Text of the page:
Islam is the youngest and fastest-growing major religion in the world. But how much do you know about the beliefs and practices that Muhammad and his followers began exporting from the Arabian Peninsula in the 7th century?
Here’s a chance to test your knowledge. The correct answers follow the quiz.
1. The Arabic word “Islam” means:
a) Holy war
b) Allah saves
d) True religion
2. Muslims believe the final written authority from Allah is:
a) The Bible
b) The Qur’an
c) The Hadith
d) The Pearl of Great Price
3. The foundational path to salvation in Islam is:
a) The Eight-fold Path
b) The Five Pillars
c) The Four Horsemen
d) The Roman Road
4. The word “jihad” means:
a) Holy war
b) To struggle / strive
c) To battle evil desires
d) All of the above
5. Calling Jesus the “Son of God” in Islam is considered “shirk,” which means:
a) Respectful and appropriate
b) Every Muslim’s duty
c) The unpardonable sin
d) Taught by Sunni Muslims but not Shi’ites
6. Muslims teach that Jesus’ death on the cross:
a) Paid mankind’s sin debt
b) Exonerated the name of Allah
c) Paved the way for Muhammad
d) Never happened
7. A primary difference between Sunni and Shi’ite Muslims is:
a) Shi’ites look to Muhammad’s bloodline for successors; Sunnis do not
b) Sunnis are Arabs; Shi’ites are not
c) Sunnis embrace the Qur’an but reject the Hadith
d) Shi’ites add a sixth pillar to Muslim faith: jihad
8. Which of the following is not considered a Muslim prophet:
d) John the Baptist
9. Who do Muslims say dictated the Qur’an to Muhammad?
c) The Holy Spirit
10. How can Muslims be assured of entrance into Paradise?
a) By faith
b) By traveling to Mecca
c) By obeying the teachings of Islam
d) None of the above
1. c) Submission. “Islam” describes the religion of submission to the will of Allah.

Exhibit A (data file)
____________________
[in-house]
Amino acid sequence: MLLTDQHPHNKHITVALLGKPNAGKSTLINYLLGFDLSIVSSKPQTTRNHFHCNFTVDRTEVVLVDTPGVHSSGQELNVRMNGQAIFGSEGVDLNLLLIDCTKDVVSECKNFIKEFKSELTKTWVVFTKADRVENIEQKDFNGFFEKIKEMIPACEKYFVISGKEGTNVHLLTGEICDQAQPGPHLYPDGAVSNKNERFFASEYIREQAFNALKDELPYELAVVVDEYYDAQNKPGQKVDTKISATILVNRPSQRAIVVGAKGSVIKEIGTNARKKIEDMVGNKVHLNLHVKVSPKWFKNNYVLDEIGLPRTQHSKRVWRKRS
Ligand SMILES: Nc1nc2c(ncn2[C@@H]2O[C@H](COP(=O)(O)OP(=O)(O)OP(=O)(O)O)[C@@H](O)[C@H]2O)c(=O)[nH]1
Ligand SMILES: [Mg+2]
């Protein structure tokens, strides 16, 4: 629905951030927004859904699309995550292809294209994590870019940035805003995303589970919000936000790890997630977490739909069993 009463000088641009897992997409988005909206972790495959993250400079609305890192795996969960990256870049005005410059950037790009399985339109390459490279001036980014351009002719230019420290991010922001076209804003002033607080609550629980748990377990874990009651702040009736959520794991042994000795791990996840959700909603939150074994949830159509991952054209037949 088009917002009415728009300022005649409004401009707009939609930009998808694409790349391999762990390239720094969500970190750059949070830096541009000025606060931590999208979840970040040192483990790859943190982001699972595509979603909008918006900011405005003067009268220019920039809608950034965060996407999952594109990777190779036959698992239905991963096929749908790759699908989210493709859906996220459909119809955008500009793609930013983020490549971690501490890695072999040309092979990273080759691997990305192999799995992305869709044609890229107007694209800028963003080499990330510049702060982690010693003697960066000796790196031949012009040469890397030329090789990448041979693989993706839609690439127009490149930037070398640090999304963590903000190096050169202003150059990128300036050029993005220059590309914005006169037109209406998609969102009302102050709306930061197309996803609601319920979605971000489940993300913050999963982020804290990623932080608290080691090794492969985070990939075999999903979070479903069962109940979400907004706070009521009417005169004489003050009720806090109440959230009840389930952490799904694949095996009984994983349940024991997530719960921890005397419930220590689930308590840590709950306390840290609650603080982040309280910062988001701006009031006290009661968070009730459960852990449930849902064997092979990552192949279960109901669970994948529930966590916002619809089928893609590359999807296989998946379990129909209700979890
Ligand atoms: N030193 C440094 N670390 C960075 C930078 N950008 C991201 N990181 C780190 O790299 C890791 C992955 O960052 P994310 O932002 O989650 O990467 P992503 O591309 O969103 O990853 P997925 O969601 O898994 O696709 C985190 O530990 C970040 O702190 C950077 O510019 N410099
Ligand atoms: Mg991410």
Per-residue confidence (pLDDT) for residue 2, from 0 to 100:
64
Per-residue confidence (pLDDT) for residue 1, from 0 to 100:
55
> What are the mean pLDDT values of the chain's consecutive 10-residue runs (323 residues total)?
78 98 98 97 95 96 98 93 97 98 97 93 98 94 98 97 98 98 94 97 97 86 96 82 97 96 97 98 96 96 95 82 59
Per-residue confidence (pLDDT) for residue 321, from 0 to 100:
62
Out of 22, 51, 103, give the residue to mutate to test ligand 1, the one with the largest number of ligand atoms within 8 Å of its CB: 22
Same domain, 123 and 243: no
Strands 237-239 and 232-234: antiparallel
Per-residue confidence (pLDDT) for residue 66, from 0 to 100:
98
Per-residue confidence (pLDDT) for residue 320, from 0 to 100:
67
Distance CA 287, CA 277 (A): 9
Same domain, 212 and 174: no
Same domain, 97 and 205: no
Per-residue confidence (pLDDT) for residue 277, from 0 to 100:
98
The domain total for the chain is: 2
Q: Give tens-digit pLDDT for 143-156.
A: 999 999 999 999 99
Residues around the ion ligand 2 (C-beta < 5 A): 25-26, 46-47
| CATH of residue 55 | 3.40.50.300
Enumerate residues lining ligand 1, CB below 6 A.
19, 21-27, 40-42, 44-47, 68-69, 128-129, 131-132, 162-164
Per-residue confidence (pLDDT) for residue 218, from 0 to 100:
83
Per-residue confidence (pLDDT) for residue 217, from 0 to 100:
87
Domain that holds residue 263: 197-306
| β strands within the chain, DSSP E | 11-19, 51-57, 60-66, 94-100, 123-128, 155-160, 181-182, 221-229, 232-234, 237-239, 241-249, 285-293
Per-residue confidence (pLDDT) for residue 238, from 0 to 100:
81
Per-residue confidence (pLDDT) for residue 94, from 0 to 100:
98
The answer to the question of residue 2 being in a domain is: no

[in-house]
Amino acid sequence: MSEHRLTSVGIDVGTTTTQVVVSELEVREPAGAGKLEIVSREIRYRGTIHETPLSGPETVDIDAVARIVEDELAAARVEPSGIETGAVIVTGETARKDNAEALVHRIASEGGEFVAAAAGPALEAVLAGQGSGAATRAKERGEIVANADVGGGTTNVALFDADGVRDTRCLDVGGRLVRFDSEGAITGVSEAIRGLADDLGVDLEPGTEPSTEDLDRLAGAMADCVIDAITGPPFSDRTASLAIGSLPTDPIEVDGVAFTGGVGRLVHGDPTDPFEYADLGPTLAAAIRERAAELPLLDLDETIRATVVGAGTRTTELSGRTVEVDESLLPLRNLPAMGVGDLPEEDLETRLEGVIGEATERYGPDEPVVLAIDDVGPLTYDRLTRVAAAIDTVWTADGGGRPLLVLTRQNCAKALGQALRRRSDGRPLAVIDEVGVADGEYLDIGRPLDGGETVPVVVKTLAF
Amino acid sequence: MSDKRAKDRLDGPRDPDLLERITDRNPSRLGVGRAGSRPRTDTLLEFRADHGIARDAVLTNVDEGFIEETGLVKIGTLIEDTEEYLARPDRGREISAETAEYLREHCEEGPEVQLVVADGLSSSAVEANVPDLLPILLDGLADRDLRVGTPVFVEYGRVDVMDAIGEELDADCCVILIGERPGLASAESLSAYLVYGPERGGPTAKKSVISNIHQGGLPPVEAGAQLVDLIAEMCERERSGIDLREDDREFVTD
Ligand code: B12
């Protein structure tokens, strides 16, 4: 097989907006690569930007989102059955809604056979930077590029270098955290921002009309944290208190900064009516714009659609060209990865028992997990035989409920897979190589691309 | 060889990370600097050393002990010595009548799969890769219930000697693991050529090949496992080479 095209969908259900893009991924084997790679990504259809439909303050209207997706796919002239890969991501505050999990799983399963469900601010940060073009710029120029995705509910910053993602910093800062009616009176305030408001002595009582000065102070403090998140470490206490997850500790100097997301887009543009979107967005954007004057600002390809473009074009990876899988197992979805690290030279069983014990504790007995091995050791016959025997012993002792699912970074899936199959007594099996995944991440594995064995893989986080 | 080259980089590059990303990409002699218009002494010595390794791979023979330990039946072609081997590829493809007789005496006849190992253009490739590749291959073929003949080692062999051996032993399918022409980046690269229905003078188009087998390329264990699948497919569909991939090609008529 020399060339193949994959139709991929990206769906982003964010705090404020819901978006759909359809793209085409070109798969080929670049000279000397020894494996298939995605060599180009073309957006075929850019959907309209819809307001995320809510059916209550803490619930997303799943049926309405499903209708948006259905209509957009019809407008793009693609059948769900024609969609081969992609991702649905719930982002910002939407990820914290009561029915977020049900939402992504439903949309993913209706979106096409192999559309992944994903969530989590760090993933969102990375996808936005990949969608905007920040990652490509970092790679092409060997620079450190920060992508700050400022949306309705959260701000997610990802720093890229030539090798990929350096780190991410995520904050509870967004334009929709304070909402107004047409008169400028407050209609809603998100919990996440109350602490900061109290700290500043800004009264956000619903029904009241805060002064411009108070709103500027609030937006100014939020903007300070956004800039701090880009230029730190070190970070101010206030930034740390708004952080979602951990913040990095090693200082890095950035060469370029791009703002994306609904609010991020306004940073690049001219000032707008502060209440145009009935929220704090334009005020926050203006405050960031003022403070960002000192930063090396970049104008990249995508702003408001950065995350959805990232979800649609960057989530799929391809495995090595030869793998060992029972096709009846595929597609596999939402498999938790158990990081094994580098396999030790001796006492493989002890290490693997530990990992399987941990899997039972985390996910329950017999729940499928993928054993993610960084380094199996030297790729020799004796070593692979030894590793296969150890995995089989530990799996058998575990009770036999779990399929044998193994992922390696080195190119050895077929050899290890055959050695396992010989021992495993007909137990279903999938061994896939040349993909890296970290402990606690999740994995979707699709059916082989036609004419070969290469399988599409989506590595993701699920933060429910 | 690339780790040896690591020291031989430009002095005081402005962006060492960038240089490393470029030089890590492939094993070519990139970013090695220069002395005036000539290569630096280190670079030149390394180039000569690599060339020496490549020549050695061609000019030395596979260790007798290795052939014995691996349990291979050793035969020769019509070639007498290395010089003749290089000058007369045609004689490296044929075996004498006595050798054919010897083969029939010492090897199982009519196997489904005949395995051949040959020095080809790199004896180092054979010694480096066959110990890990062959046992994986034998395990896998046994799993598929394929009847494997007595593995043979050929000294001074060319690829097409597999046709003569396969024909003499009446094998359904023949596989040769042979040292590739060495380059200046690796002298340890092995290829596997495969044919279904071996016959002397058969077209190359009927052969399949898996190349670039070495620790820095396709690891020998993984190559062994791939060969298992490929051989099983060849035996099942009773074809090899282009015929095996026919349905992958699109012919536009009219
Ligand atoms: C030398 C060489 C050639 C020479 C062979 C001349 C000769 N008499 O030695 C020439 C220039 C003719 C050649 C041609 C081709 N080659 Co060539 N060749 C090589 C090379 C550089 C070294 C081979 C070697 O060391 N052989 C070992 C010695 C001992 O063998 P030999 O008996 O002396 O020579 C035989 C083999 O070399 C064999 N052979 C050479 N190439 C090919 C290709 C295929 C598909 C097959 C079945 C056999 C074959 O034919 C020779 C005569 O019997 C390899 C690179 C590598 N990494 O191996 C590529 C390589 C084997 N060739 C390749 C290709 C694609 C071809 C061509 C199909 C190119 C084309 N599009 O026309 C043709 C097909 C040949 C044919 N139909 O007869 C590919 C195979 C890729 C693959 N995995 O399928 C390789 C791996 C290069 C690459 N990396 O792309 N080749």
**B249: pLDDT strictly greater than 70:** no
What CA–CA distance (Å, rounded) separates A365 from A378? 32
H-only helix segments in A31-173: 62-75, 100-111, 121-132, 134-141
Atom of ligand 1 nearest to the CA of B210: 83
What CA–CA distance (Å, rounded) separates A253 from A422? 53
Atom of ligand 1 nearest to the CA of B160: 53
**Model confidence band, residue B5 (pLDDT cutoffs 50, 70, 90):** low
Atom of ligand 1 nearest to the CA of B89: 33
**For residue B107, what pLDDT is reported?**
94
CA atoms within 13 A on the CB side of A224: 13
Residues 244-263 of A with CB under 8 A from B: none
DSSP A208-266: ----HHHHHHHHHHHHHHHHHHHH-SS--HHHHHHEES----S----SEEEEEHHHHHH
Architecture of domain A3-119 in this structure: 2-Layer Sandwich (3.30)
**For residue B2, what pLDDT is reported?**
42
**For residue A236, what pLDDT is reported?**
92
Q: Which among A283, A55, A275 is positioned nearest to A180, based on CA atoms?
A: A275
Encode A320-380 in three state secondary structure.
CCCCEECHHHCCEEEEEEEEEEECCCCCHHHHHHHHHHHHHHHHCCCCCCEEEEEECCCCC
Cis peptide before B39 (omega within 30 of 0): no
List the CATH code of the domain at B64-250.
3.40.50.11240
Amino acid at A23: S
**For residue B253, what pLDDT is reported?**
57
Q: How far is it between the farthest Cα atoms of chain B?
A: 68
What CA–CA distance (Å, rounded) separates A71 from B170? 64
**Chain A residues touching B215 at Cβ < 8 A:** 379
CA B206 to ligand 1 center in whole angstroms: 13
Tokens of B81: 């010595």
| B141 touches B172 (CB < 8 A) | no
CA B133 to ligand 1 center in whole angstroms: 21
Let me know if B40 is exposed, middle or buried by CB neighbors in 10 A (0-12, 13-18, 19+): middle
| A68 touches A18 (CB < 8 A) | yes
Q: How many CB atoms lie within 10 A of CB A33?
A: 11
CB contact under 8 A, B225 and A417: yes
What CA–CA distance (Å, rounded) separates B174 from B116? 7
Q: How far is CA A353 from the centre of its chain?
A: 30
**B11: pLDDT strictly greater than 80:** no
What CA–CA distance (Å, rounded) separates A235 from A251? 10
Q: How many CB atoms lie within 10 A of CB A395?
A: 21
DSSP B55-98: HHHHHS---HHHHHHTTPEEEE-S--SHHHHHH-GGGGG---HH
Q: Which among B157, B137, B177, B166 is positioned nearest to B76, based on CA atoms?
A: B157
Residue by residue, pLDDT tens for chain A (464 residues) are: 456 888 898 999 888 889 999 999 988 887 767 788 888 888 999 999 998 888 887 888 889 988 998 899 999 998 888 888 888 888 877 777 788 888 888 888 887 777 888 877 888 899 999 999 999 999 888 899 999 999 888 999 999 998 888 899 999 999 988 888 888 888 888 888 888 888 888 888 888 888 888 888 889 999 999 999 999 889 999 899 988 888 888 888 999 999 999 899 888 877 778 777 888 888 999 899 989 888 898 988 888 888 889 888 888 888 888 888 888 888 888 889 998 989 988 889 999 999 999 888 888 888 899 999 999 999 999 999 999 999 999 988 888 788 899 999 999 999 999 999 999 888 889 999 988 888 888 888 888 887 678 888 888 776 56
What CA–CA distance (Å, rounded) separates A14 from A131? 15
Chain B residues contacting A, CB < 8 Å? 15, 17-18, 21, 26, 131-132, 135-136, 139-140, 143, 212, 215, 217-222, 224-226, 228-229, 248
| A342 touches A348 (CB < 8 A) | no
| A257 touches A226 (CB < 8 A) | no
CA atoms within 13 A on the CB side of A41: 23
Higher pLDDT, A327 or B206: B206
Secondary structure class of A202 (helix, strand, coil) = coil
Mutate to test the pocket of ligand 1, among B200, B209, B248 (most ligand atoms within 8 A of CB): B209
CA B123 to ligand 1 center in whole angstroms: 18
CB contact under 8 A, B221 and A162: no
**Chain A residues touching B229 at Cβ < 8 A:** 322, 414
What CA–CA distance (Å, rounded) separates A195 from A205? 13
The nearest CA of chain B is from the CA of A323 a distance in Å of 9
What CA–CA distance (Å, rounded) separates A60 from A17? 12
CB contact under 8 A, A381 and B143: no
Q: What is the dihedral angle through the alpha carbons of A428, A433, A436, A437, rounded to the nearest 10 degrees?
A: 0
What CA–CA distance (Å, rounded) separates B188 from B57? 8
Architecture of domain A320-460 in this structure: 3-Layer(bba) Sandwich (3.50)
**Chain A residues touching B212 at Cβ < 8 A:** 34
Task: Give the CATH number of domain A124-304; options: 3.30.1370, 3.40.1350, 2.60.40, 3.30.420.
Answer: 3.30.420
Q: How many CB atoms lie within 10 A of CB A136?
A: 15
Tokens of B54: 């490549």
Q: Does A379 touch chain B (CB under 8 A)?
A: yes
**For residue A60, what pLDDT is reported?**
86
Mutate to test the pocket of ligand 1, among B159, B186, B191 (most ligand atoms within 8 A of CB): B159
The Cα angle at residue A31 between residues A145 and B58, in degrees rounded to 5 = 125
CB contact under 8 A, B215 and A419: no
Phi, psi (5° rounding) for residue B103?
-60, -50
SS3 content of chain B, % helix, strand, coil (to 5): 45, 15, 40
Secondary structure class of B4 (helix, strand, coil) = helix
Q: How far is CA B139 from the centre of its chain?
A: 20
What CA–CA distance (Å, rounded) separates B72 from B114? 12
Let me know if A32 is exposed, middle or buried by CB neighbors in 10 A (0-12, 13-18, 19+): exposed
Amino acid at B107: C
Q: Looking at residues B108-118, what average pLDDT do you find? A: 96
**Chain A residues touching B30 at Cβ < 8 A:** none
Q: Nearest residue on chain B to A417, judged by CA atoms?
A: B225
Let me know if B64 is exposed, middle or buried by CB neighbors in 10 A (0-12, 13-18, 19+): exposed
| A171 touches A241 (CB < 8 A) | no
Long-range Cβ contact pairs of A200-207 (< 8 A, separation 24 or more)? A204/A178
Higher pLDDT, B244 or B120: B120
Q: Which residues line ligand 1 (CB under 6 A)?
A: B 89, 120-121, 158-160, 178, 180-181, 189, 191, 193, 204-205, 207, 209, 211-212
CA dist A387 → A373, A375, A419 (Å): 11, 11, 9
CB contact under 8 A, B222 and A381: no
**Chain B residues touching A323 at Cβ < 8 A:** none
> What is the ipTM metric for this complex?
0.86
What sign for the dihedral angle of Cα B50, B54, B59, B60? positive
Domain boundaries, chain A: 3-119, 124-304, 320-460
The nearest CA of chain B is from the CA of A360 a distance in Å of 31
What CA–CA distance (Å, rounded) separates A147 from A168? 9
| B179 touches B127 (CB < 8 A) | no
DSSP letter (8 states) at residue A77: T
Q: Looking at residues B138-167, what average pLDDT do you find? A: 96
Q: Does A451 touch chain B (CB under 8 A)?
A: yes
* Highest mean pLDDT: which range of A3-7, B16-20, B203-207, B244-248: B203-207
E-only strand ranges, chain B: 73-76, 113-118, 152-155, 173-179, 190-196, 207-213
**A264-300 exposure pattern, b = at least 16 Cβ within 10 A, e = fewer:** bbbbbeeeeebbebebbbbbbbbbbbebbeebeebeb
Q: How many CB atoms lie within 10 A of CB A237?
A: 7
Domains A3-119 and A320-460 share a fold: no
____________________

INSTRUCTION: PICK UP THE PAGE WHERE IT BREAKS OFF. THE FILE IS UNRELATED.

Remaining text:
2. b) The Qur’an. Muslims believe Allah has revealed many books, including the Bible. But these revelations ended with the Qur’an, which supersedes all others. For all practical purposes, Muslims trust only the Qur’an. They believe Jews and Christians corrupted the Old and New Testaments.
3. b) The Five Pillars. These are Shahada (testimony or confession of faith); Salat (compulsory prayer five times a day); Zakat (compulsory payment from a Muslim’s annual savings); Sawm (obligatory fasting during each day of the month of Ramadan); and Hajj (pilgrimage to Mecca, Muhammad’s place of birth). Acting correctly and sincerely on the five pillars is meant to conform a Muslim’s life to the will of Allah.
4. d) All of the above. The Arabic term means to endeavor, strive, struggle, or fight. It is sometimes translated “holy war.” Muslims embrace jihad in two ways. The “greater jihad” is the internal struggle against evil inclinations. The “lesser jihad” is warfare in the cause of Allah.
5. c) The unpardonable sin. Muslims reject both the Trinity and the deity of Christ. Declaring Jesus as the divine Son of God will damn a person to hell. Muslims do believe Jesus is the Messiah, was born of a virgin, lived a sinless life and is coming back one day – although for the purpose of establishing Islam on earth.
6. d) Never happened. The Qur’an states that the Jews “killed him not, nor did they cause his death on the cross, but he was made to appear to them as such” (Surah 6:157). Jesus later died of natural causes (5:117).
7. a) Shi’ites look to Muhammad’s bloodline for successors; Sunnis do not. In addition, Sunnis believe in a separation between civil and religious authorities, while Shi’ites believe religious authorities should exercise both political and religious power.
8. b) Saladin. Muslims teach that Allah has sent 124,000 prophets. Most are unknown, but many include biblical characters such as Adam, David, John the Baptist and Jesus. Saladin, by the way, was a Kurdish Muslim who defeated the Crusaders and recaptured Palestine for Islam in the 12th century.
9. d) Gabriel. The Qur’an began with supernatural visions and revelations that Muhammad claimed he received from Allah through the angel Gabriel. At first he feared these revelations came from a “jinn,” or evil spirit.
10. d) None of the above. Muslims believe in a Day of Judgment when the faithful Muslim is rewarded with Paradise and others are sent to Hell. The uncertainty comes in not knowing how faithful one must be. Some Muslims believe that death in holy war assures the martyr of eternal life, but this is a slippery slope that often results in the killing of innocent people, which Islam forbids. Some Muslims teach a hard determinism – or even fatalism – with respect to the afterlife. This creates an excellent witnessing opportunity for Christians, who may speak of assurance of salvation by God’s grace through faith in Christ – not by human effort.
This column first appeared March 12 in The Pathway, the news journal of the Missouri Baptist Convention.